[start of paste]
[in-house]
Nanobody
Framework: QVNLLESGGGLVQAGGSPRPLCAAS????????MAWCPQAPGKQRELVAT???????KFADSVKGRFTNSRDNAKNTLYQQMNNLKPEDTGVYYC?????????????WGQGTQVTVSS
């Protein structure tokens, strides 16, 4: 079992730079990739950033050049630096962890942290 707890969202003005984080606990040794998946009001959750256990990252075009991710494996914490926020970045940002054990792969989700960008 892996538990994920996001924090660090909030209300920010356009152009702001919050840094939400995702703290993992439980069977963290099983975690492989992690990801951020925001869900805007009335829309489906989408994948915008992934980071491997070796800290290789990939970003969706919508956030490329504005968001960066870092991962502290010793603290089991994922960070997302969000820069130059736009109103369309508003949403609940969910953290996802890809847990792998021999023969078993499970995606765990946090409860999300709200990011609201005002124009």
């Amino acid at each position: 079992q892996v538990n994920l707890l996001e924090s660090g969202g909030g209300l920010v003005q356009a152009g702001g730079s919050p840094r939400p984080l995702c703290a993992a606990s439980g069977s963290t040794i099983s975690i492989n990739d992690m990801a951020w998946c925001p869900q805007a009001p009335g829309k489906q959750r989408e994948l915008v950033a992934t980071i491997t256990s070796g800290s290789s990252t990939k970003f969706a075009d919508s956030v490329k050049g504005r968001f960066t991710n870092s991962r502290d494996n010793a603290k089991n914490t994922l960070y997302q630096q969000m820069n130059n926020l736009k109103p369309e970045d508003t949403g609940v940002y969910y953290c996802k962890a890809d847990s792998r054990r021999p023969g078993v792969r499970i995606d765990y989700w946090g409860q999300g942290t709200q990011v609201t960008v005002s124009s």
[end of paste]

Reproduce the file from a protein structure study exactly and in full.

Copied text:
[in-house]
Nanobody
Framework: QVNLLESGGGLVQAGGSPRPLCAAS????????MAWCPQAPGKQRELVAT???????KFADSVKGRFTNSRDNAKNTLYQQMNNLKPEDTGVYYC?????????????WGQGTQVTVSS
């Protein structure tokens, strides 16, 4: 079992730079990739950033050049630096962890942290 707890969202003005984080606990040794998946009001959750256990990252075009991710494996914490926020970045940002054990792969989700960008 892996538990994920996001924090660090909030209300920010356009152009702001919050840094939400995702703290993992439980069977963290099983975690492989992690990801951020925001869900805007009335829309489906989408994948915008992934980071491997070796800290290789990939970003969706919508956030490329504005968001960066870092991962502290010793603290089991994922960070997302969000820069130059736009109103369309508003949403609940969910953290996802890809847990792998021999023969078993499970995606765990946090409860999300709200990011609201005002124009």
């Amino acid at each position: 079992q892996v538990n994920l707890l996001e924090s660090g969202g909030g209300l920010v003005q356009a152009g702001g730079s919050p840094r939400p984080l995702c703290a993992a606990s439980g069977s963290t040794i099983s975690i492989n990739d992690m990801a951020w998946c925001p869900q805007a009001p009335g829309k489906q959750r989408e994948l915008v950033a992934t980071i491997t256990s070796g800290s290789s990252t990939k970003f969706a075009d919508s956030v490329k050049g504005r968001f960066t991710n870092s991962r502290d494996n010793a603290k089991n914490t994922l960070y997302q630096q969000m820069n130059n926020l736009k109103p369309e970045d508003t949403g609940v940002y969910y953290c996802k962890a890809d847990s792998r054990r021999p023969g078993v792969r499970i995606d765990y989700w946090g409860q999300g942290t709200q990011v609201t960008v005002s124009s």